As a non-citizen in an immigration detention facility, you may or may not be eligible for release or a bond. Unlike in criminal court where you have a Constitutional right to a reasonable bond (with very few exceptions), in Immigration Court, an immigration judge often has no authority to grant you a bond in your case, even if you have never been arrested for a crime.
In our office, we handle many cases involving clients who are detained in immigration detention facilities. Some are in removal proceedings fighting to keep their green cards, obtain some form of immigration relief or are simply trying to get a bond so they can get out of detention. There are many ways that we can help a client get out of immigration detention, whether its by asking ICE to parole them from custody or grant them a bond, or filing a bond motion in immigration court or asking the ICE attorneys handling the case to agree to a bond. Now, we have another way to try and secure the release of clients detained for more than six months thanks to a new decision by the 11th Circuit.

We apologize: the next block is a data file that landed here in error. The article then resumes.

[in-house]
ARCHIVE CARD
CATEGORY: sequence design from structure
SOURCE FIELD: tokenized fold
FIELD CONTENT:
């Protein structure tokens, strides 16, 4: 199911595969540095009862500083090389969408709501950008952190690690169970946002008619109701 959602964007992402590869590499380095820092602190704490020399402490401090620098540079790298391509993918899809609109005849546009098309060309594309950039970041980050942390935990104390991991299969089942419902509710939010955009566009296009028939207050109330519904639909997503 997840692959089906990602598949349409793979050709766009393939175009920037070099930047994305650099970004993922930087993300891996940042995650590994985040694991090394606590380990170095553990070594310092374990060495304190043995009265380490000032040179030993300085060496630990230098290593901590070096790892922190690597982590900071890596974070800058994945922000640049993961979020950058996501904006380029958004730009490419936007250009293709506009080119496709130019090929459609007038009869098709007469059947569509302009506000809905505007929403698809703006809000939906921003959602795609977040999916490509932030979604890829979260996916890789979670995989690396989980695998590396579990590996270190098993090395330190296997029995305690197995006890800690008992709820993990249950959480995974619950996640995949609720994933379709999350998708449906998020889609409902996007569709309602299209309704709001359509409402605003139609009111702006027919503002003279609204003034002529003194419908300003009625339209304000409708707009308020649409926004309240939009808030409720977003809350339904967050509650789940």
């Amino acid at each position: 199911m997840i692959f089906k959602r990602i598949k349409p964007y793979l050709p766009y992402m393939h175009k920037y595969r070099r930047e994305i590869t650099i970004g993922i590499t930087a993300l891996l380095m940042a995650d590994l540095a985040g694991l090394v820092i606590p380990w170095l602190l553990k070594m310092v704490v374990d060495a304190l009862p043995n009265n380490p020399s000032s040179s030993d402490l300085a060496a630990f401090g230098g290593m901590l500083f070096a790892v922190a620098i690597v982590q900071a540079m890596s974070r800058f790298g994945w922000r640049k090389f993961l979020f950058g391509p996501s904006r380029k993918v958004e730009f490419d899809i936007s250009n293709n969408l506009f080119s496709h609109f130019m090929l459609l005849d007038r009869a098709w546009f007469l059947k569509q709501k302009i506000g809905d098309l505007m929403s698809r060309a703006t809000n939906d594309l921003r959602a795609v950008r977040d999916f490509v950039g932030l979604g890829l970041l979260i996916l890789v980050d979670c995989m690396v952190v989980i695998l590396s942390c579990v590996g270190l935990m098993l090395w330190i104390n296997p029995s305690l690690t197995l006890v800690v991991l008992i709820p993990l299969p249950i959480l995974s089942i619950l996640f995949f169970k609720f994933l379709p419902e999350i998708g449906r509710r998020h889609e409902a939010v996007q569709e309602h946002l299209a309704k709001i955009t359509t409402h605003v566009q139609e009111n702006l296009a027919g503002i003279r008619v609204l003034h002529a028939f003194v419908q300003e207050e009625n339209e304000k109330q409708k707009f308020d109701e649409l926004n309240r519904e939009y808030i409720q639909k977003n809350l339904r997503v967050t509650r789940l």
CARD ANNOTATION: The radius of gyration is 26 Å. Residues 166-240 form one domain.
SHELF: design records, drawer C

You may ask, how is that fair, why am I not eligible or a bond? Let me explain the law on this issue. If you already have a final order of removal and the government detains you to execute that order, you are not eligible for a bond from an immigration judge. If you are stopped at a land border or airport or seaport and considered an arriving alien and detained, you are not eligible for a bond. If you are removable or inadmissible for almost any criminal ground of removability, you are not eligible for a bond. It makes no difference if you are a flight risk or a danger to the community; if the law says you are not eligible, there is nothing an immigration judge can legally do to grant you a bond.